from The Century Dictionary.

  • noun One who works with his head or brain, as distinguished from one who does physical labor.
  • noun Specifically One who assists in planning a robbery or burglary, by finding out where money or valuables are kept and informing the gang, for an interest in the proceeds of the plunder.


Sorry, no etymologies found.


  • And here upon my table lies a letter from the head-worker of the University Settlement, which the postman brought half an hour ago, that lets more daylight in, it seems to me, than all the rest.

    XV. “Neighbor” the Password

  • He was exposed by some of his students, who, to use a slang phrase, accused him of being a 'head-worker.'

    Studies in the Psychology of Sex, Volume 2 Sexual Inversion

  • And here upon my table lies a letter from the head-worker of the

    The Battle with the Slum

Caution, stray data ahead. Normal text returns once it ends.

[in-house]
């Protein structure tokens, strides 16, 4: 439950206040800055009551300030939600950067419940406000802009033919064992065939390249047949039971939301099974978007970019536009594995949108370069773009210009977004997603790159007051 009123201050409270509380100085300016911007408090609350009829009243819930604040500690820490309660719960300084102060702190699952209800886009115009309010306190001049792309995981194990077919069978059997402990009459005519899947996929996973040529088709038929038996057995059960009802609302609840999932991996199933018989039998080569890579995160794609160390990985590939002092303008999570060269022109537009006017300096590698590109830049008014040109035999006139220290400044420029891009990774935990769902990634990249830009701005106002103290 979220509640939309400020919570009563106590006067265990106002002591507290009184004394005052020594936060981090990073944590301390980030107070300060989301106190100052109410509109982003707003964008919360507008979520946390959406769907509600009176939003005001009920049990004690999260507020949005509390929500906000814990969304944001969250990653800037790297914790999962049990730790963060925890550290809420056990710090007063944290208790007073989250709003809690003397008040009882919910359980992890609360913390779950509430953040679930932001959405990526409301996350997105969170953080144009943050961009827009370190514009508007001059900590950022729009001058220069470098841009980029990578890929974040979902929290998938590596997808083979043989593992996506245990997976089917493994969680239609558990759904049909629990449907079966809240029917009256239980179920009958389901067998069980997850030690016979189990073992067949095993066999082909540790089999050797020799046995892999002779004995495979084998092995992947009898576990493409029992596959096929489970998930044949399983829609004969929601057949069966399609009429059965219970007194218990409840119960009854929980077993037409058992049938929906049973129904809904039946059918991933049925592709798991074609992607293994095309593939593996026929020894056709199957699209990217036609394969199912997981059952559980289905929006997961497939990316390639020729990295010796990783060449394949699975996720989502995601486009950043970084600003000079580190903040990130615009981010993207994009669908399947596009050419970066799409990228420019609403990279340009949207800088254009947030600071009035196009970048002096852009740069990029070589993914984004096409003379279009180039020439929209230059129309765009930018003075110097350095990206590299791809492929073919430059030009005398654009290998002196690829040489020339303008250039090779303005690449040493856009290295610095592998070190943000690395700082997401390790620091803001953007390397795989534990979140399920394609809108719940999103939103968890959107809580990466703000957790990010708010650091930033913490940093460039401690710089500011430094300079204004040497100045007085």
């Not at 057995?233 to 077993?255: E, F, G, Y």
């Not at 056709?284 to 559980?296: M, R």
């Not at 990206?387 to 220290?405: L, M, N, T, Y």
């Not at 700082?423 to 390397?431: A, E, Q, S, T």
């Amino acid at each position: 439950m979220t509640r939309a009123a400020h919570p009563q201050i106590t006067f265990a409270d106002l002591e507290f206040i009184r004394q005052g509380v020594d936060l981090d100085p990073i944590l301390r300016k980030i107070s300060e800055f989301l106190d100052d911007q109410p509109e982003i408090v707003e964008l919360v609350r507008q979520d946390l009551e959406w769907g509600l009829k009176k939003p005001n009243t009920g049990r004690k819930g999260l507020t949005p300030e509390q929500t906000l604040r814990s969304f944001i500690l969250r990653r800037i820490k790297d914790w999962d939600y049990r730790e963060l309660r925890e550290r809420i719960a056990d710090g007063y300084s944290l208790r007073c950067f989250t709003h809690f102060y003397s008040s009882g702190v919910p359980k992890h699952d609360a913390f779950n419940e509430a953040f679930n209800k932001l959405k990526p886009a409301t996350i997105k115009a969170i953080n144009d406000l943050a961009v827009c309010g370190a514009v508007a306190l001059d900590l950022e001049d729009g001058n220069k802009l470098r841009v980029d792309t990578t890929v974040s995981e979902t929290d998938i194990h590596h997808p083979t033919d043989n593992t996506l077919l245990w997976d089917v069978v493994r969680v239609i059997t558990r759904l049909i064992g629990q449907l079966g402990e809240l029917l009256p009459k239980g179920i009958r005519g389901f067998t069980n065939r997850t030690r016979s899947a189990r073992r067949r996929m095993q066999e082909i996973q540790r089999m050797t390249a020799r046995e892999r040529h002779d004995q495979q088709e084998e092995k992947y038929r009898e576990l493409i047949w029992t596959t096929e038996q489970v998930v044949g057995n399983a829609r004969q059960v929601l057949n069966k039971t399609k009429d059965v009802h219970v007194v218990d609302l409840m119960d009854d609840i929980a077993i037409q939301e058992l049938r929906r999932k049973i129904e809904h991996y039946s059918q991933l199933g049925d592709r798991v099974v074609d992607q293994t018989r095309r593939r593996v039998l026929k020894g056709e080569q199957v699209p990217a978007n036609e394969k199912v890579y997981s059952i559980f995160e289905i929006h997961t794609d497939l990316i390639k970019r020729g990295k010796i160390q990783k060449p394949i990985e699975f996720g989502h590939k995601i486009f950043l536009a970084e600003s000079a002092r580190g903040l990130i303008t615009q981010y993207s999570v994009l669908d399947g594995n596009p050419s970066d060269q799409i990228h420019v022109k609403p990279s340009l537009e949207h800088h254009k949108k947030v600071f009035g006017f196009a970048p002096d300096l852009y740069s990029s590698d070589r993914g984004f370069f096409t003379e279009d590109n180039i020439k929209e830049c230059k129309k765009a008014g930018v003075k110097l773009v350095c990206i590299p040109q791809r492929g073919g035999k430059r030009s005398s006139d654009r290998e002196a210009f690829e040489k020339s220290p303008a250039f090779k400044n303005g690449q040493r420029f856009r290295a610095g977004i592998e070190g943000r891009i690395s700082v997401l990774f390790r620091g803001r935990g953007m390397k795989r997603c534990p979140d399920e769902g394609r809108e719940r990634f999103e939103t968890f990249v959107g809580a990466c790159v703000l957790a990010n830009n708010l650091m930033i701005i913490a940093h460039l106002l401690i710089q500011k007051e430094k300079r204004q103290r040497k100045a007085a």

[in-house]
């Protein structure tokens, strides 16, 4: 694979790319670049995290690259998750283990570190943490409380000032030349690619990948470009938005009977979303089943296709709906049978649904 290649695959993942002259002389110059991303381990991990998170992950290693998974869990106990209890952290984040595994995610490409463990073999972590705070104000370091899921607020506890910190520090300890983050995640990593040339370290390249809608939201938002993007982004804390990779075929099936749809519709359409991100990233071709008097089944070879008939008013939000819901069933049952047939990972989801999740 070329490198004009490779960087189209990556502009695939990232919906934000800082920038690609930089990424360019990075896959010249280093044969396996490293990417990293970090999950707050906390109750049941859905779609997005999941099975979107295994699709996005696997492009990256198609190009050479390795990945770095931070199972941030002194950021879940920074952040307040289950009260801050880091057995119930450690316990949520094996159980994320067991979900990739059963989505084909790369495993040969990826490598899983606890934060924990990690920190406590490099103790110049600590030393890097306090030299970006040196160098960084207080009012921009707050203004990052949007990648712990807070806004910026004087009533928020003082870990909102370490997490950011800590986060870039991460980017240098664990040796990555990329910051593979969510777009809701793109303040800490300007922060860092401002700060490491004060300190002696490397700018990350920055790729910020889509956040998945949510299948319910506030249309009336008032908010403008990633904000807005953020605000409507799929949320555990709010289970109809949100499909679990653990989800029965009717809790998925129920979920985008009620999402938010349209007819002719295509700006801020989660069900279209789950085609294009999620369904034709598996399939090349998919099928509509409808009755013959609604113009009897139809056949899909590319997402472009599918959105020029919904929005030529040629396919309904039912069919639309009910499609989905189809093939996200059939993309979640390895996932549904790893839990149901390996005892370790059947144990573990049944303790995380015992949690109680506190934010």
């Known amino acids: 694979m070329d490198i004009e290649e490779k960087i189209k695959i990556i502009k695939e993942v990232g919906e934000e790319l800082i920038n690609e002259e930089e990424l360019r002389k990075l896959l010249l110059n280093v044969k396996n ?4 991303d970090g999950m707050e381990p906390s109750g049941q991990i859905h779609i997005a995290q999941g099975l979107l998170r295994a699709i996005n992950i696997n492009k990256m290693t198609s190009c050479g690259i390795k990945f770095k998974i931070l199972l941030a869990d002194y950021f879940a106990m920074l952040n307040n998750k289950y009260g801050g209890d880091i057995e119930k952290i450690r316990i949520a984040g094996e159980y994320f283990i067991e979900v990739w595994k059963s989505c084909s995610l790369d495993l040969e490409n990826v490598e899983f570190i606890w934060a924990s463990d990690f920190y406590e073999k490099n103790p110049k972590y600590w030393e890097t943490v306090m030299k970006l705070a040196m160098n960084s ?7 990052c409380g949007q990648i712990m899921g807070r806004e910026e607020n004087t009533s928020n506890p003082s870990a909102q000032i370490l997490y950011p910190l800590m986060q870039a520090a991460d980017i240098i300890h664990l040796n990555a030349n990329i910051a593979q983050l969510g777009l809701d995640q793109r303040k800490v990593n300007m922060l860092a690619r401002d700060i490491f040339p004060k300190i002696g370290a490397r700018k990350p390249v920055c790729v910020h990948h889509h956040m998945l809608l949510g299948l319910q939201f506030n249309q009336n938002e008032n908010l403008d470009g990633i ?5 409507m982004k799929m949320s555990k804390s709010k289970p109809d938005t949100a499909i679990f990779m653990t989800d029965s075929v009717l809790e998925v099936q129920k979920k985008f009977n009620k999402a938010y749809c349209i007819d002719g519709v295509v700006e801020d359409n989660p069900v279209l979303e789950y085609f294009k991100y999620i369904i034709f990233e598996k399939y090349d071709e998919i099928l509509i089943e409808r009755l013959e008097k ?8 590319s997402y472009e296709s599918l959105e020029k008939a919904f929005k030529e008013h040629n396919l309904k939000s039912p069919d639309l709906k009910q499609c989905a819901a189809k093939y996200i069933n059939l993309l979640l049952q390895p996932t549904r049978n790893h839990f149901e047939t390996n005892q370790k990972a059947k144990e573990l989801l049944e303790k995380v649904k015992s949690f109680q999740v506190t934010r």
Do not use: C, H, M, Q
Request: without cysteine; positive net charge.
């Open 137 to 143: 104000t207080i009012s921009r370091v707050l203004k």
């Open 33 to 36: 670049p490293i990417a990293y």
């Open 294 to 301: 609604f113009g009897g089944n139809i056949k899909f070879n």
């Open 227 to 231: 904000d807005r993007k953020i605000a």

• The manual labourer of to-day may to-morrow, by the choice of his fellow-labourers, become a director of labour, therefore a head-worker; and, on the other hand, there are among the manual labourers untold thousands who were originally elected to different callings, and who have gone through the studies required for such callings, but have exchanged the pen for the tool, either because they found themselves not perfectly qualified intellectually, or because their tastes have changed.

    Freeland A Social Anticipation

  • "I'm kind of a head-worker in my way, but steady thinkin 'makes me sicker nor a pup.



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